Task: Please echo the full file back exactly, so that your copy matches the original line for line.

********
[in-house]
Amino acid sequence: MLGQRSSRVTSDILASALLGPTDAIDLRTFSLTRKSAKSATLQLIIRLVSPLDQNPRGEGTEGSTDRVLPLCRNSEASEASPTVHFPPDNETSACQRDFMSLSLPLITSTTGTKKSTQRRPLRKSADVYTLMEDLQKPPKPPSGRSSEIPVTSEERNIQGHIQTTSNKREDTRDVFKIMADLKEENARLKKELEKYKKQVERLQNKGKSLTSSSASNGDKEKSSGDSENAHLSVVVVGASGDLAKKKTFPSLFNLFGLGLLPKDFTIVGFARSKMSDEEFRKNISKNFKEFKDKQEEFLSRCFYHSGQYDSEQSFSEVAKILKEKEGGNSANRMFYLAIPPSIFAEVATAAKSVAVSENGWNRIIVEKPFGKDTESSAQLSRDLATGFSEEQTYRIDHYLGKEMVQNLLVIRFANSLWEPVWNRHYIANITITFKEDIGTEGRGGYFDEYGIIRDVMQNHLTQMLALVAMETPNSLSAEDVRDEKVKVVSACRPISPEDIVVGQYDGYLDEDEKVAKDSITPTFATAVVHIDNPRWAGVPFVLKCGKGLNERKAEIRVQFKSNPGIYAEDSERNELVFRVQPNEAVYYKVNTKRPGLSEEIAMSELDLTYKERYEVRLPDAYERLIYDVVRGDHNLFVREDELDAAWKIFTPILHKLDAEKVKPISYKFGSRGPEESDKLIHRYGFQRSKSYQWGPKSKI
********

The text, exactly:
[in-house]
Amino acid sequence: MLGQRSSRVTSDILASALLGPTDAIDLRTFSLTRKSAKSATLQLIIRLVSPLDQNPRGEGTEGSTDRVLPLCRNSEASEASPTVHFPPDNETSACQRDFMSLSLPLITSTTGTKKSTQRRPLRKSADVYTLMEDLQKPPKPPSGRSSEIPVTSEERNIQGHIQTTSNKREDTRDVFKIMADLKEENARLKKELEKYKKQVERLQNKGKSLTSSSASNGDKEKSSGDSENAHLSVVVVGASGDLAKKKTFPSLFNLFGLGLLPKDFTIVGFARSKMSDEEFRKNISKNFKEFKDKQEEFLSRCFYHSGQYDSEQSFSEVAKILKEKEGGNSANRMFYLAIPPSIFAEVATAAKSVAVSENGWNRIIVEKPFGKDTESSAQLSRDLATGFSEEQTYRIDHYLGKEMVQNLLVIRFANSLWEPVWNRHYIANITITFKEDIGTEGRGGYFDEYGIIRDVMQNHLTQMLALVAMETPNSLSAEDVRDEKVKVVSACRPISPEDIVVGQYDGYLDEDEKVAKDSITPTFATAVVHIDNPRWAGVPFVLKCGKGLNERKAEIRVQFKSNPGIYAEDSERNELVFRVQPNEAVYYKVNTKRPGLSEEIAMSELDLTYKERYEVRLPDAYERLIYDVVRGDHNLFVREDELDAAWKIFTPILHKLDAEKVKPISYKFGSRGPEESDKLIHRYGFQRSKSYQWGPKSKI